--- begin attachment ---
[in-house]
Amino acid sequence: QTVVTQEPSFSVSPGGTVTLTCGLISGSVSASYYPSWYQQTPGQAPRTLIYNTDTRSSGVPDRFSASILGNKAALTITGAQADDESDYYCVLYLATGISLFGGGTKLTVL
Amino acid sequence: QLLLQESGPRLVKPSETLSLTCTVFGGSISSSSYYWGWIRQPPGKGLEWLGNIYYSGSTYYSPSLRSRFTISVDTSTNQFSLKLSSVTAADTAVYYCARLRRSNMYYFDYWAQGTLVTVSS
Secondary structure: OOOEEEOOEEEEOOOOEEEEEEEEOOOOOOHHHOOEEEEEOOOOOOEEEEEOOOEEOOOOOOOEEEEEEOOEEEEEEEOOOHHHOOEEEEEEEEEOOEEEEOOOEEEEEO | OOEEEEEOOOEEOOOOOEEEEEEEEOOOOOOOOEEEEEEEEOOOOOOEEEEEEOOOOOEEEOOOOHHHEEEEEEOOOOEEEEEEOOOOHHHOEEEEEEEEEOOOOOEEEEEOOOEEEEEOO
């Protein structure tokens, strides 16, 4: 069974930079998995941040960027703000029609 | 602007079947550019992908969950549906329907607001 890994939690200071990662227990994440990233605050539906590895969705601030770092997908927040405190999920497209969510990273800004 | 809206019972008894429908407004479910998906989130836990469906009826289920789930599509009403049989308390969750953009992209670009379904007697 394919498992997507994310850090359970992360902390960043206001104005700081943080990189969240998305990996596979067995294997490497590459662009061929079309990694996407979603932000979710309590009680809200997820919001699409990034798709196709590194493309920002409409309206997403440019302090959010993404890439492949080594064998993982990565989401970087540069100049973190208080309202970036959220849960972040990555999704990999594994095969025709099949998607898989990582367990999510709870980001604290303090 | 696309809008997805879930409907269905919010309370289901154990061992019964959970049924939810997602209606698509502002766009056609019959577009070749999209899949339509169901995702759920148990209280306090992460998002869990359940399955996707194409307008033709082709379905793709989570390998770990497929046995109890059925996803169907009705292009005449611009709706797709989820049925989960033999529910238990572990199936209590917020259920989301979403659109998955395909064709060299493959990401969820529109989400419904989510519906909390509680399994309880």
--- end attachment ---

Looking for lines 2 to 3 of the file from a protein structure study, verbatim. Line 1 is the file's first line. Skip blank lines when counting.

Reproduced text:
Amino acid sequence: QTVVTQEPSFSVSPGGTVTLTCGLISGSVSASYYPSWYQQTPGQAPRTLIYNTDTRSSGVPDRFSASILGNKAALTITGAQADDESDYYCVLYLATGISLFGGGTKLTVL
Amino acid sequence: QLLLQESGPRLVKPSETLSLTCTVFGGSISSSSYYWGWIRQPPGKGLEWLGNIYYSGSTYYSPSLRSRFTISVDTSTNQFSLKLSSVTAADTAVYYCARLRRSNMYYFDYWAQGTLVTVSS